|CORAM:||Chandra Poojari (AM), N.R.S. Ganesan (JM)|
|CATCH WORDS:||TDS disallowance|
|COUNSEL:||Arun Raj S|
|DATE:||November 21, 2014 (Date of pronouncement)|
|DATE:||December 2, 2014 (Date of publication)|
|FILE:||Click here to download the file in pdf format|
|S. 40(a)(ia) second proviso is not retrospective & so payment of TDS before due date of ROI does not prevent disallowance. Law laid down in Vector Shipping cannot be followed|
(i) The next question arises for consideration is whether the second proviso to section 40(a)(ia) as incorporated by Finance Act, 2012 is retrospective in operation or prospective in operation. We are conscious that some of the benches of this Tribunal in the country has taken the view that the second proviso to section 40(a)(ia) is retrospective in operation, therefore, applicable to earlier period also. However, the jurisdictional High Court in the case of Prudential Logistics & Transports in ITA No. 01 of 2014 judgment dated 13th January, 2014, found that the second proviso is not applicable for earlier assessment years. In fact, the Kerala High Court has observed as follows:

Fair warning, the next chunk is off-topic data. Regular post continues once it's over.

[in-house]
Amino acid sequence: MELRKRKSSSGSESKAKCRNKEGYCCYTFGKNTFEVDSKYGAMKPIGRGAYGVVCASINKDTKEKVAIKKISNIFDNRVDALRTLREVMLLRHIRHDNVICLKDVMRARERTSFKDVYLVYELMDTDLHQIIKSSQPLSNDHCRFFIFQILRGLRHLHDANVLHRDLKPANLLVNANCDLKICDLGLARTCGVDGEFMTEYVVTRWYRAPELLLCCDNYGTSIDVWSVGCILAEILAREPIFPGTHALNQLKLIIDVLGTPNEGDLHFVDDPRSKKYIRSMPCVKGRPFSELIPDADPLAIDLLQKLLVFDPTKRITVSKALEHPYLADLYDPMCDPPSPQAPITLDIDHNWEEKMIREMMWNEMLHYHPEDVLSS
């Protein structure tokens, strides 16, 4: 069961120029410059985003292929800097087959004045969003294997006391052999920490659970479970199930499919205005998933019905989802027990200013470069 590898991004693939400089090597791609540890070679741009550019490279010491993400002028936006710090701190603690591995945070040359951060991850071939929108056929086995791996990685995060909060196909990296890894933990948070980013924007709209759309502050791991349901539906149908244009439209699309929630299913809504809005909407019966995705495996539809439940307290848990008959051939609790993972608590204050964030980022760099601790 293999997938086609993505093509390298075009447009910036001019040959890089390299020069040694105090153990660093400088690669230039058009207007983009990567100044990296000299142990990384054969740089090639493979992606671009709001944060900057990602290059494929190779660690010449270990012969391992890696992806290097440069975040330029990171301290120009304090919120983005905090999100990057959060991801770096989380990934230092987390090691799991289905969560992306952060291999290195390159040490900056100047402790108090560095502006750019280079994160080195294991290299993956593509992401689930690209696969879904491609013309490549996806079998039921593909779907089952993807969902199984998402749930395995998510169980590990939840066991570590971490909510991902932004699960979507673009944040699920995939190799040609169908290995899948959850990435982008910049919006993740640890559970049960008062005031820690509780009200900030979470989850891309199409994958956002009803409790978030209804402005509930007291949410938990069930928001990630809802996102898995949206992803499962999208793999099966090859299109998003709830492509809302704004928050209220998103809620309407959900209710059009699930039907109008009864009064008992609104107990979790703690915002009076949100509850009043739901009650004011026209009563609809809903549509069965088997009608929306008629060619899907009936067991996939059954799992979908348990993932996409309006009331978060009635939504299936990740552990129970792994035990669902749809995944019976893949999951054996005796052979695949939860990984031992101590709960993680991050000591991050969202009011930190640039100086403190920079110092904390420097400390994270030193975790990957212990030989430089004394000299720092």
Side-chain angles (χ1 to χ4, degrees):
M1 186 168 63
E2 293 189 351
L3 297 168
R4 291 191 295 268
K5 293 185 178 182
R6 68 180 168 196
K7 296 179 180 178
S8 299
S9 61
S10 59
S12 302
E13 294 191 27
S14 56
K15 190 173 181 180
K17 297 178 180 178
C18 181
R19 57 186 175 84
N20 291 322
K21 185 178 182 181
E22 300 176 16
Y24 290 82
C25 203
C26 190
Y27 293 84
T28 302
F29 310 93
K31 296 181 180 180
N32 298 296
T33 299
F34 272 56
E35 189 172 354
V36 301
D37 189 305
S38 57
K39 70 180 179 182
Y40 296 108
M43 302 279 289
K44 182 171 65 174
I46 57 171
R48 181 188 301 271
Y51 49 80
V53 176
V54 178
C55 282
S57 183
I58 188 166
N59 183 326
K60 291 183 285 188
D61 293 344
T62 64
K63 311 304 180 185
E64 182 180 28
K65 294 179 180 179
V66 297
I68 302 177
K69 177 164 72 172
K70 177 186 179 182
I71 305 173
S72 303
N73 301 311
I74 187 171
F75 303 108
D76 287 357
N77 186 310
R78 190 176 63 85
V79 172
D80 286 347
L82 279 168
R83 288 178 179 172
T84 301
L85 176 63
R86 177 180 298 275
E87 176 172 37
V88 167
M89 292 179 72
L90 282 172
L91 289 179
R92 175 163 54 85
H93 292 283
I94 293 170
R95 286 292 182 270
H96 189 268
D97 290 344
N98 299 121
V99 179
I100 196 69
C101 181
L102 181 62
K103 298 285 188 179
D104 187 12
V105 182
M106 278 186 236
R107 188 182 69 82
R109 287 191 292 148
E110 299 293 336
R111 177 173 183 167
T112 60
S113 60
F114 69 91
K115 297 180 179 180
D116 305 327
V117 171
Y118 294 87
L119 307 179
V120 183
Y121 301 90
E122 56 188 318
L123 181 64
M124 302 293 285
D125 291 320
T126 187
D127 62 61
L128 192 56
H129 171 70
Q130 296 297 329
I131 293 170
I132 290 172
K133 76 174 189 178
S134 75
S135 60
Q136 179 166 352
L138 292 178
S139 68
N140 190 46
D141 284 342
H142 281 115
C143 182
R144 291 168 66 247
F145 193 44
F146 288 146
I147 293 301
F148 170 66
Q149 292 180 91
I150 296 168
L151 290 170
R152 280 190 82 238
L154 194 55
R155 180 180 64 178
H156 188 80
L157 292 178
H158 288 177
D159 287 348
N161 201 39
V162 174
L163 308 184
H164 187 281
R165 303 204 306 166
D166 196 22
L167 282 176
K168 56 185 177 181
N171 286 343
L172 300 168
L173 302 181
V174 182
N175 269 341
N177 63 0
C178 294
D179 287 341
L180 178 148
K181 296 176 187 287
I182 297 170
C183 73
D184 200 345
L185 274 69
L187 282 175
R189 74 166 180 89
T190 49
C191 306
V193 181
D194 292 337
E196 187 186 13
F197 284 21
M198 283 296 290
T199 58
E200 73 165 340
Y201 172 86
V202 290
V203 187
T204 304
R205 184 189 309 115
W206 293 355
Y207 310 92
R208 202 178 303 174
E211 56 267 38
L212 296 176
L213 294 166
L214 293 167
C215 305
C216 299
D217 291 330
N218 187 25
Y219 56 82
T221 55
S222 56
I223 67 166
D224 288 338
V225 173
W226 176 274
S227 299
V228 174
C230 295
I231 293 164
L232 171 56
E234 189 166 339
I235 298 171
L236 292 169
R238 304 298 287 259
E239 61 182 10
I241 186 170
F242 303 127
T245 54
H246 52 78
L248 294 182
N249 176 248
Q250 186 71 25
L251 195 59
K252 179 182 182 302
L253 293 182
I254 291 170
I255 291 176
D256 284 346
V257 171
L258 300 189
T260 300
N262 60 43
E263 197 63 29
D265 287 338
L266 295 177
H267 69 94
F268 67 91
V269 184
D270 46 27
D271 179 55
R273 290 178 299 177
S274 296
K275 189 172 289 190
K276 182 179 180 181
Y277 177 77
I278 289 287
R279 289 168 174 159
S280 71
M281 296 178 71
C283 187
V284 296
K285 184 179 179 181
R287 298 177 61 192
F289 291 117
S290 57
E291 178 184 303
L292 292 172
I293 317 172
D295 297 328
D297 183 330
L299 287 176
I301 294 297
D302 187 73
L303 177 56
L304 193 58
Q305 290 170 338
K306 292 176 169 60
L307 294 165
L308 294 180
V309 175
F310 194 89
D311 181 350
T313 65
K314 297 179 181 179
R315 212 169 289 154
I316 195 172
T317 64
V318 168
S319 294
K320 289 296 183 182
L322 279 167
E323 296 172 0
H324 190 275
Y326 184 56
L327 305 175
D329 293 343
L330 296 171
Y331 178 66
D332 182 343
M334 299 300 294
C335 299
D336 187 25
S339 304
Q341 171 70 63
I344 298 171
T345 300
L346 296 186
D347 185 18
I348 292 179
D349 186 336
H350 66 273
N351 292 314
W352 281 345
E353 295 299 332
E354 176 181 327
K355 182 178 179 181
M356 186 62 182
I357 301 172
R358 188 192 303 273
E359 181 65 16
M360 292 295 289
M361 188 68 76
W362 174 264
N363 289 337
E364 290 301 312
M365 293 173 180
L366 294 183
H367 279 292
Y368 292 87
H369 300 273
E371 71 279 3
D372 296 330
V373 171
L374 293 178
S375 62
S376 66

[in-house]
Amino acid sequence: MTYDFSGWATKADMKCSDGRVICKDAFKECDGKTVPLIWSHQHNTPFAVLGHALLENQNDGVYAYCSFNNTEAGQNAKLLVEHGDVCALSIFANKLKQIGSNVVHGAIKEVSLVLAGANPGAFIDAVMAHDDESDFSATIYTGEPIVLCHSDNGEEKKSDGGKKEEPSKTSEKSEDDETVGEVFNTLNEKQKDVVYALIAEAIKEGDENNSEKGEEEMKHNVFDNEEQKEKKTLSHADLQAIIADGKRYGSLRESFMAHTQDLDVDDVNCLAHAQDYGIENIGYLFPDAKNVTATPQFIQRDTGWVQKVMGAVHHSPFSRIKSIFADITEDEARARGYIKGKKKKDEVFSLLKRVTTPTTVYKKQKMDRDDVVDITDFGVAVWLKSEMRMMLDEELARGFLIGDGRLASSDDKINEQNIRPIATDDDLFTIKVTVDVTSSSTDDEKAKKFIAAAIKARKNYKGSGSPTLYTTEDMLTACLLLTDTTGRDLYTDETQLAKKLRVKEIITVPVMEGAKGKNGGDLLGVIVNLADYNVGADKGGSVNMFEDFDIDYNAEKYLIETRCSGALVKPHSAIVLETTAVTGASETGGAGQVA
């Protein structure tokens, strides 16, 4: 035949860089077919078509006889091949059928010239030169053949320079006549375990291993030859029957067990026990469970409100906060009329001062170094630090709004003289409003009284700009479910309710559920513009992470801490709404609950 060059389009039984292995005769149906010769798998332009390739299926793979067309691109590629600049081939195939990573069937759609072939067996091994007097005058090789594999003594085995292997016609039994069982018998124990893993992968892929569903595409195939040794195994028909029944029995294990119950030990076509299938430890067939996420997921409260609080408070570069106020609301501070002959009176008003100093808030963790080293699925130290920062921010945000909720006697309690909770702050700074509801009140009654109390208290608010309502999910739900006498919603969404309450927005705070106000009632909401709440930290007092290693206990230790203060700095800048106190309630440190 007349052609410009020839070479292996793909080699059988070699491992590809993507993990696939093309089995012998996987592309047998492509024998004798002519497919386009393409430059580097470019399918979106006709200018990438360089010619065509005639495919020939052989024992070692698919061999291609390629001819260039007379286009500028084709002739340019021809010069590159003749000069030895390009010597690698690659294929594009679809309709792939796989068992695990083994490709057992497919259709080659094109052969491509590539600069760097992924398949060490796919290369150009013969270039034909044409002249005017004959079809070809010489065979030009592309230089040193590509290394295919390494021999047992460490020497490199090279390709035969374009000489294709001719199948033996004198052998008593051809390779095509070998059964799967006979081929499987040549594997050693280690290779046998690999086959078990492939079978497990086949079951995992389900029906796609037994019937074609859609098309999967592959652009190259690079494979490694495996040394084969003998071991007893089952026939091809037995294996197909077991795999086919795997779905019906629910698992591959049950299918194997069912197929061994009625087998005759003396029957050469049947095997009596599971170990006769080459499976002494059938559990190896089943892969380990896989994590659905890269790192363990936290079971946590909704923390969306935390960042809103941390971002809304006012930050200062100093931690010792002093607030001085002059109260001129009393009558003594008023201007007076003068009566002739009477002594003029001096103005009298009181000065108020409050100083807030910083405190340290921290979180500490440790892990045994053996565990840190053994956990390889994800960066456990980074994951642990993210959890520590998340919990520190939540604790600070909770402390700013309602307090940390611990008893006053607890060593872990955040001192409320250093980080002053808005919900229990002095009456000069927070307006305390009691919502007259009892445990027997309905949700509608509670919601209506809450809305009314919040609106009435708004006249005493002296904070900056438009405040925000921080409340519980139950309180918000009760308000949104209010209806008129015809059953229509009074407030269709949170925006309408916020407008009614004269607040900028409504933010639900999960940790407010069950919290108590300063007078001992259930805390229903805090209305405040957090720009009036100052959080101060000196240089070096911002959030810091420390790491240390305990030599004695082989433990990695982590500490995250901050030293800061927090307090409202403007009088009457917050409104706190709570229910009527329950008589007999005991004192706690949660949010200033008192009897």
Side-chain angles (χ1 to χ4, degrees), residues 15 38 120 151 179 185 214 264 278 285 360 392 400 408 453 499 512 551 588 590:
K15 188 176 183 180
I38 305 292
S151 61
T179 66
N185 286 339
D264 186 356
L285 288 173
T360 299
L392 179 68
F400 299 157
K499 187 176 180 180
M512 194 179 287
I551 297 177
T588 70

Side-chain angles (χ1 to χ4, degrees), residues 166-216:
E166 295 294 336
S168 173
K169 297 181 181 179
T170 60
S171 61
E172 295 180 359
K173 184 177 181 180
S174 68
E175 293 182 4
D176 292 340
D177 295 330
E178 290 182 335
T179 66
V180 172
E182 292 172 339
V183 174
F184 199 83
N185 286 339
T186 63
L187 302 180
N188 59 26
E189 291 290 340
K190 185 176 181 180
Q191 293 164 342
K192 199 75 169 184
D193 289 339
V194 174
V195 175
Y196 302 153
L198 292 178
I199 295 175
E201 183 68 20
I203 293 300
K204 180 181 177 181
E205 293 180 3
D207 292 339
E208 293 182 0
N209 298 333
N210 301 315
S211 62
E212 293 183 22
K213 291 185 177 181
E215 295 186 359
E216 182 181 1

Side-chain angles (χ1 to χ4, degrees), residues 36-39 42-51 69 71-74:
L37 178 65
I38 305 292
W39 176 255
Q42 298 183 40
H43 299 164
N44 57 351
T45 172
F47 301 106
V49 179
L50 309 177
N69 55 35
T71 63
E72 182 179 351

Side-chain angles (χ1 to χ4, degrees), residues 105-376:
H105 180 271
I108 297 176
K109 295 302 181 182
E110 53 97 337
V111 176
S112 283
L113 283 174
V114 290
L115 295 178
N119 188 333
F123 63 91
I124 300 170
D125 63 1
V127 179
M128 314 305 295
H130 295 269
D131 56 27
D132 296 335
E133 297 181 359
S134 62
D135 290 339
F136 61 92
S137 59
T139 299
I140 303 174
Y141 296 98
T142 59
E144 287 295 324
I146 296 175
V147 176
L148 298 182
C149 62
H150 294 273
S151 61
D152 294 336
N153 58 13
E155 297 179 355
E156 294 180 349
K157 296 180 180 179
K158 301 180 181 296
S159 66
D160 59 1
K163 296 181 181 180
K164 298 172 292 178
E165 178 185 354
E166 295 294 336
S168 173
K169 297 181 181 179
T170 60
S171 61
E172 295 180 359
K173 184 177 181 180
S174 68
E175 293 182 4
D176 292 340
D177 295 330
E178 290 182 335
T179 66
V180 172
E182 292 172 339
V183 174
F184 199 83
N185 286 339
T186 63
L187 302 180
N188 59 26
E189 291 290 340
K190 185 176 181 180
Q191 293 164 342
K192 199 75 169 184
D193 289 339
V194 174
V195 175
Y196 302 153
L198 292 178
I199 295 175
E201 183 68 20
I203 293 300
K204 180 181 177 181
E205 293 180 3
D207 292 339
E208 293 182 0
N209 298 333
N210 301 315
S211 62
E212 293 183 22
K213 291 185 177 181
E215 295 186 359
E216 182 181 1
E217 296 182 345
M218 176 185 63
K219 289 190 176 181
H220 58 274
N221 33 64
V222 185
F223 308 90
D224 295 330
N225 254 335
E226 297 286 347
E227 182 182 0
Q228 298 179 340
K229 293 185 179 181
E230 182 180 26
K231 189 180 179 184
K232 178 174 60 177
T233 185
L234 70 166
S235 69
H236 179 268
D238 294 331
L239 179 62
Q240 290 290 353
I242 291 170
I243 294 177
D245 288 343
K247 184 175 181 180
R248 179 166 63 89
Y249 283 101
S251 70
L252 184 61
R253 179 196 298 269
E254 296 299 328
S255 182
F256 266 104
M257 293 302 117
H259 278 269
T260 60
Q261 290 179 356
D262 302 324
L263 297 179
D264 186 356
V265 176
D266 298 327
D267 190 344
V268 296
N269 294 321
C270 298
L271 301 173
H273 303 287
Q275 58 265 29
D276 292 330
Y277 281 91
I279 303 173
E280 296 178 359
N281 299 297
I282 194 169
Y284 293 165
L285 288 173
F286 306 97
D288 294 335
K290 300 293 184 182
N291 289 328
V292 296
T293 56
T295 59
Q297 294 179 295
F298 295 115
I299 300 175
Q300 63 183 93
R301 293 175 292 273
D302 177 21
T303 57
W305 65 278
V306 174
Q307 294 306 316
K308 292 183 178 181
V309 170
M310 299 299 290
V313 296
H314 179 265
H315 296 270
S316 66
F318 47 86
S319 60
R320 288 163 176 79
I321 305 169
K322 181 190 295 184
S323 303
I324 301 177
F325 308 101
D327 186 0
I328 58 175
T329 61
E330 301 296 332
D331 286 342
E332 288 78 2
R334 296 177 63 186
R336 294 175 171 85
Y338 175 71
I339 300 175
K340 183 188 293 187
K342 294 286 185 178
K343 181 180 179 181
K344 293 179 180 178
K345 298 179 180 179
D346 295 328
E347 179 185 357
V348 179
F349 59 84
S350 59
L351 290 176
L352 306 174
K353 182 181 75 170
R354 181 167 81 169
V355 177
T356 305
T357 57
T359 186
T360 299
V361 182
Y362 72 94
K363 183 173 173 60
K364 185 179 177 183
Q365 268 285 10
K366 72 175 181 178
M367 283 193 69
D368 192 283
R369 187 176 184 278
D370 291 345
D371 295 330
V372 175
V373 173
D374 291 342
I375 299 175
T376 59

“5. Reading of Section 40a(ia) along with 2nd proviso and Section 201(1) along with proviso, it would mean that the mandate or requirement on the part of the payer to deduct tax at source is not so strict if they are able to show that the payee or the recipient of the amounts has paid tax in accordance with the provisions of Section 201(1) and the proviso.